You don't even need to go into the popular canon to find evidence that light music can be more profound than music that's more ostensibly serious. Heavier composers can natter on for hours and hours yet say nothing. But all it takes is a single phrase of Mozart to make you realize that music can give truths more profound than any words.
Classical music used to be something far less serious, a virtually indistinguishable fusion that makes the profound out of the banal as all good things in life should be. Plenty of new classical music still exists that manages this feat, but I doubt I'm alone in feeling that it isn't enough. Just as popular music could and should learn more from us, we can learn from them. The artificial distinctions between the two hurt both.
Few understood this better than Dvorak. I used to be a bit dismissive of Dvorak because of his sloppiness with regard to form, but his melodic gift was so fecund that too much concern with form would have reined him in. He is condescended to still by many as a rustic, or a primitive - penalized for his likability. I should know, I was one of them. There are still some simpler composers whose music I still can't quite get around my slight contempt for their simplicity and directness - even names as big as Chopin and Verdi. Hopefully I'll one day see them with the same awe and love that I give so unhesitatingly now to my dear Dvorak.
For me, Dvorak is no primitive or rustic, he is little less than a folk Mozart. Mozart, to my mind, was far more a Czech composer than he was Viennese or Austrian. Prague was the city that appreciated the adult Mozart for all he was when Vienna tired of him as they did so many of their great composers. Had Mozart taken the hint and moved to Prague, he might have lived another thirty years. Schubert and Mendelssohn were the greatest inheritors of Mozart's divine legacy of unbridled genius, but far more than Mendelssohn, Dvorak inherited Mozart's and Schubert's humane legacy of sublimely expressive music that speaks to us with the intimacy and clarity a human being brings to his diary when he overflows with decency.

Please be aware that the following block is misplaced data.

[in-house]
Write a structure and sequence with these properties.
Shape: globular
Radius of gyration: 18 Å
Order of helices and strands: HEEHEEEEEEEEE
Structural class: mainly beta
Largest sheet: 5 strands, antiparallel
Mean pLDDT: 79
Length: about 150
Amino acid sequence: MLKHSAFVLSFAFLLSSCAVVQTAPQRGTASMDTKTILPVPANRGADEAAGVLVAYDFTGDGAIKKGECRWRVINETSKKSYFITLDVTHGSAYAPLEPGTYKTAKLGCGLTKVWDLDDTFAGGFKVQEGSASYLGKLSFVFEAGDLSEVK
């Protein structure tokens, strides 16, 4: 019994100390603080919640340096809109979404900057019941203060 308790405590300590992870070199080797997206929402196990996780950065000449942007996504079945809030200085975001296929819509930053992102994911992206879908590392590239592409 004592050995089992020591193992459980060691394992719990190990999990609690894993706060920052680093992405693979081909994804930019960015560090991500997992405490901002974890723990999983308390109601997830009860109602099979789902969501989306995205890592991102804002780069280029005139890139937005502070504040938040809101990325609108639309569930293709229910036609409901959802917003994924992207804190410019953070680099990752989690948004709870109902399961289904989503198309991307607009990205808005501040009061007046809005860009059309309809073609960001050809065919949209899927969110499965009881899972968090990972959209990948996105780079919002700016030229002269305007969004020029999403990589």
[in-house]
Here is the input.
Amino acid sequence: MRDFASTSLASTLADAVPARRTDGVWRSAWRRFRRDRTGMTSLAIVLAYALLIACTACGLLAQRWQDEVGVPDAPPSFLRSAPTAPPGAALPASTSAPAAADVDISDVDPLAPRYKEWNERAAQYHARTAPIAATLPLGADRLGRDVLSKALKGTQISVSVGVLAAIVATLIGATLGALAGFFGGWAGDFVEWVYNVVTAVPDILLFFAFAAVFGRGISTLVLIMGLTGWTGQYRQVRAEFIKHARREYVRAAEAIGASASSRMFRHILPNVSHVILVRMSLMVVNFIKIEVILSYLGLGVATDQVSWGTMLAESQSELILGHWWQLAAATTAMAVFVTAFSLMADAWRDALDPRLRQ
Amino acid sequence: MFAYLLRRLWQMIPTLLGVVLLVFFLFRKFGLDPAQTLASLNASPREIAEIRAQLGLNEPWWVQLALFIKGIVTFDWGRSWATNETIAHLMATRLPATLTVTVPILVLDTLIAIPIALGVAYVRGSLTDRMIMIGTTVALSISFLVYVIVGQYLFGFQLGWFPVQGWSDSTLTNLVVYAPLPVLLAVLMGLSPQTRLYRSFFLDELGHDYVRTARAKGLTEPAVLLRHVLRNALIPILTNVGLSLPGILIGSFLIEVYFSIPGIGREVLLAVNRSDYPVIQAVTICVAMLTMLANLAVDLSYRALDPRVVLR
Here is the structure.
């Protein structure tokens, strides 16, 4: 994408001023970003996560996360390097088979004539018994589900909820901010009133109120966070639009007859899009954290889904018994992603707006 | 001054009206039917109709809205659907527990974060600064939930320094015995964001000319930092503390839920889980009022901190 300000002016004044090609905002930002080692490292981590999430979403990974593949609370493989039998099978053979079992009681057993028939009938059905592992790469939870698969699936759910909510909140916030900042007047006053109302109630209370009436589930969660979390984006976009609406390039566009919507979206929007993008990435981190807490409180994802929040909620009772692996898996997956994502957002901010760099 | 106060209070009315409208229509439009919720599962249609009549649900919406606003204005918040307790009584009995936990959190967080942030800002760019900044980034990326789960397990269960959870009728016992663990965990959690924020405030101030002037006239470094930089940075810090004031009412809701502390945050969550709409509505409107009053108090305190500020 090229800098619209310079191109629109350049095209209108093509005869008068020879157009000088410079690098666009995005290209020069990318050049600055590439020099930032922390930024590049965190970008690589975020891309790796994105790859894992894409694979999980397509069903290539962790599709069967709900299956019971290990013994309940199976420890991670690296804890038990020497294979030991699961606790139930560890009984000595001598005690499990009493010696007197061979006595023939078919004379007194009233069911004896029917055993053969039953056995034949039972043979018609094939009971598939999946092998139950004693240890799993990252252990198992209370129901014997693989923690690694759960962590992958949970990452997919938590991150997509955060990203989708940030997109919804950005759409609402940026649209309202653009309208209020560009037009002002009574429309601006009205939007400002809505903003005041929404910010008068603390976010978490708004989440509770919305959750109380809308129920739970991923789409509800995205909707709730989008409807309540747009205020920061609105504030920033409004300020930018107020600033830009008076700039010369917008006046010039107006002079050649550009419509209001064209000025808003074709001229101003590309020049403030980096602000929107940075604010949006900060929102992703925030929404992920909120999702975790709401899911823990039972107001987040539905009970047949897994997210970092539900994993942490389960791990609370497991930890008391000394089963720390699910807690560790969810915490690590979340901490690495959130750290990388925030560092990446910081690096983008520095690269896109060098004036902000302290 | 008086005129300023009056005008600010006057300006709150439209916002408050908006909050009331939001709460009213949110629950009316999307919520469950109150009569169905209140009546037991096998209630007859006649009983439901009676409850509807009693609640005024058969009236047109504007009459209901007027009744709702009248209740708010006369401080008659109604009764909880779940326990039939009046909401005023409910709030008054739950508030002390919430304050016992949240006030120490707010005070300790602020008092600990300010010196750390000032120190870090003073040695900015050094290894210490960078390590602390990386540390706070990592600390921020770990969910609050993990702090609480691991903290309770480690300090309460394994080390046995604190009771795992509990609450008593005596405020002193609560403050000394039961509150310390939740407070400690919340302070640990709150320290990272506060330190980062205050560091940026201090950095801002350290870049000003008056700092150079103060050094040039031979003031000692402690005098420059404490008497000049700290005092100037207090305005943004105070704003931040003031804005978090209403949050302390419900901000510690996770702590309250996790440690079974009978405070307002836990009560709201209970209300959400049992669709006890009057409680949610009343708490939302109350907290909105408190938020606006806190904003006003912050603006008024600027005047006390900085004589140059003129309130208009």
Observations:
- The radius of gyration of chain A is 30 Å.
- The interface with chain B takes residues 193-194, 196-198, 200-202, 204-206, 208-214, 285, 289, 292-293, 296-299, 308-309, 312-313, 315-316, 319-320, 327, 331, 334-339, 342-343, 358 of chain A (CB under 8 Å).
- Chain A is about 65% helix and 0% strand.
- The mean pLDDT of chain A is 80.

Updated to a 19th century setting, there is every expressive legacy in this music - romance, comedy, tragedy, irony, often existing simultaneously. Instead of placing it as Mozart does on the skeleton of mostly courtly dances of Austrian aristocracy, we have in their place the rough and tumble dances of the peasant classes. And yet all that Mozartean and Schubertian humanity is present, giving us devastating melodic truth, all the more shocking because it's disguised in the banal form of a background dance.
To be fair, neither Mozart or Schubert ever brought this level of profundity to their actual dance music, but nearly all their music was as informed by dance as Dvorak's was. To root one's music in dance, like song, is to root it in one of music's basic functions, and often prevents it from spilling over into indulgence. When Mozart and Schubert and Beethoven wrote 'dances', they were actual dances, meant to be danced to and talked over. But Dvorak would have been surprised to hear that people danced to his Dances. They were, after the manner of the Victorian era, meant to be played in the parlor by families for their own enjoyment.
In the 18th century, aristocrats would dance to refined music that spoke to the refinement they aspired to in their lives while pre-enlightenment squalor raged around them in every place that was not a drawing room. By the 19th century, life for the bourgeois was so refined that the middle class would sit down to play raw music that conjured a rawer version of life than they'd ever experience in the confines of their houses. Perhaps the aristocratic era of the Enlightenment was so refined in its tastes because it was so close to the rawness of pre-enlightenment life when the baser animal instincts still ruled over human life; and perhaps the late 19th century was so raw in its tastes because technology had so removed the bourgeois life from the baser life of the Earth. As technology has moved us ever further from the earth, the appetite for raw violence in our art grows ever greater.
If you're the type of listener who craves more formal cohesion than Dvorak can give, then one can't possibly have that complaint about the Slavonic Dances. Their brevity makes every one of them musically perfect, as finely cut as a twenty-four karat diamond. Everything that is life is present in these sixteen brief pieces, which disguise in their banal contents a rain of beauty as profound as any Mozart opera or Schubert lieder cycle.